How has your life been enriched by the LGBTQ Community?
During the late 80s and early 90s, what I consider the worst of the AIDS years, I was around and among the strongest and most heroic individuals. People who were constantly being told they were worth less (worthless)/that they deserved to die/that they were abominations in the eyes of god (yadda yadda yadda). Yet we organized, fought back, and lobbied for treatments for the autoimmune disorder that we knew affected everyone, not just queers. We bounced from the town hall to Washington DC; from the dance floor to the AIDS ward. We changed outfits and diapers. We invented drag and lip-sync and piano bars. Those people taught me that Michelangelo was queer. Audre Lorde. Leonardo di Vinci. Walt Whitman. Virginia Woolf. Herman Melville. Langston Hughes. Museums are filled with visual art made by queer artists. Much of music (Beethoven!) has been written and performed by queer people. The finest clothing has been designed by queer people. It’s easier to answer what part of your life has NOT been enriched by the LGBTQ community. That answer: no part.
What are the common misconceptions about being LGBTQ?
I’m impatient about the hetero-normative conception that it’s a heroic act when a non-queer person is “accepting” of a queer person. It’s a misconception that queer people are sitting around waiting for non-queer people to accept them. Maybe some are. Maybe that’s a phase some go through. But often, mainstream acceptance is the least of our desires. Mainstream rejection (or lack of acceptance) can be liberating, even desirable. I think it’s a heroic act when a queer person is accepting of someone with a tired, unexamined worldview and/or someone who uses religion to express moral superiority.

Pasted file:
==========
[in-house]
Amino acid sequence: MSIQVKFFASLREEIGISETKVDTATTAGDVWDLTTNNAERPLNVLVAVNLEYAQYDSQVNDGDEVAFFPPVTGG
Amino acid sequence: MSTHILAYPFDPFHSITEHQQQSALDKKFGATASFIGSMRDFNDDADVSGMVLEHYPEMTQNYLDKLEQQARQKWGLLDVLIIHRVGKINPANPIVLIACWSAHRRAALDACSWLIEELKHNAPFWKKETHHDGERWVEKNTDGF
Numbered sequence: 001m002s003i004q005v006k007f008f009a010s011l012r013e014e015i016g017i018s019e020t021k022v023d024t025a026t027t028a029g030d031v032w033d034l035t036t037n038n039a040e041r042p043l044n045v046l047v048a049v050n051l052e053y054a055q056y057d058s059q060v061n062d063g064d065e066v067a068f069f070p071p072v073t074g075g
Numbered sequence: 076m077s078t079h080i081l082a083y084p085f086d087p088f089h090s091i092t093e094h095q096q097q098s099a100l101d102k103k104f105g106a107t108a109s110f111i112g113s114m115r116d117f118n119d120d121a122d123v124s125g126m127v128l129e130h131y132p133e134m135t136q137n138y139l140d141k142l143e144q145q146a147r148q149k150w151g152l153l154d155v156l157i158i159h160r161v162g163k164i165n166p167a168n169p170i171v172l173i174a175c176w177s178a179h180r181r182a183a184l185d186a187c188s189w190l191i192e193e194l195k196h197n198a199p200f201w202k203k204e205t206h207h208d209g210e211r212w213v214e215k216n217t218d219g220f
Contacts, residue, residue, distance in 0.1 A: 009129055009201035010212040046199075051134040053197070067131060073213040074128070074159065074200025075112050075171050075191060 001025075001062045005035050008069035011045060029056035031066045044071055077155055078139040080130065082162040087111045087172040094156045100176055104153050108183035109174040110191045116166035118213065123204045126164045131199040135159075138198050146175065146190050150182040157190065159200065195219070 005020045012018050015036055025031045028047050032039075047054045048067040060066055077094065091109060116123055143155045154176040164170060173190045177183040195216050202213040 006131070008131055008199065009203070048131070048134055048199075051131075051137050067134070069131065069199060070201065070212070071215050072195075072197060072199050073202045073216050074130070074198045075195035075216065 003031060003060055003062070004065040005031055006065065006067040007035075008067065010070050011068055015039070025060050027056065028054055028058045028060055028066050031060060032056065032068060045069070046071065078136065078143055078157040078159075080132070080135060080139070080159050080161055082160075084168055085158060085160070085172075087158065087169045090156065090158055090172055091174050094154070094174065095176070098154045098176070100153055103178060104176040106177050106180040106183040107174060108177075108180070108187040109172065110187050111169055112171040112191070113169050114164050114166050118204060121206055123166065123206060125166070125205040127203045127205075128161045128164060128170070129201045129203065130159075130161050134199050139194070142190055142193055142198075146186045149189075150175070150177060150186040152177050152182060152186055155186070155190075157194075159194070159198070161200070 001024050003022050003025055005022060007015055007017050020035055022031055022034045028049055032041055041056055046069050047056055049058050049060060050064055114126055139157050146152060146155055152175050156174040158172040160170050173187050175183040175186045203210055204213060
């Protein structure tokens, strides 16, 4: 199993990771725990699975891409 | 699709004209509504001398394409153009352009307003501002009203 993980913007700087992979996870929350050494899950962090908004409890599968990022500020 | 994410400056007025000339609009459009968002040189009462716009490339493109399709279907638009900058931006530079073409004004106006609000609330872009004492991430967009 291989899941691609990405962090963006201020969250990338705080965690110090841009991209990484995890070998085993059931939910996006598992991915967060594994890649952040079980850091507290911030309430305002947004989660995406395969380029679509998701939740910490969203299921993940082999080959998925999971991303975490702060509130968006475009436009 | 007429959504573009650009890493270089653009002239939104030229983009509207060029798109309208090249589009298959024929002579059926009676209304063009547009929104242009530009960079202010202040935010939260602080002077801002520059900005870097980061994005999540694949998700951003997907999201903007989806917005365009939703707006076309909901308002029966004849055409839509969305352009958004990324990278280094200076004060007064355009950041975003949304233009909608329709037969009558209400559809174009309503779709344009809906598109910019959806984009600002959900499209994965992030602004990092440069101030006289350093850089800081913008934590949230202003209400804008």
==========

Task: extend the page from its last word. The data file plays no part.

Describe the first time someone else read you (for better or worse) as LGBTQ.
The doctor that delivered me out of my mother’s body? I have no memory that does not coincide with being clocked, whether positively or negatively, as queer.
Who was your first LGBTQ role model or elder, and how did they impact you?
My mom. She may or may not call herself queer. She was married to my dad for 30 years but later had a 7-year relationship with a woman. Way before that, she was my role model. I observed her carefully. She didn’t conform to the many of the gender expectations thrust upon women in the contexts in which she came of age. Seeing her unlocked my own rebellious spirit. She taught me to live my own life and to revise it as frequently as I choose. She also taught me the value of being of service to others. She taught me that anything hoarded and unshared has no meaning or lasting power, that my own freedom and privilege is worthless unless I use it to fight for others’ liberation.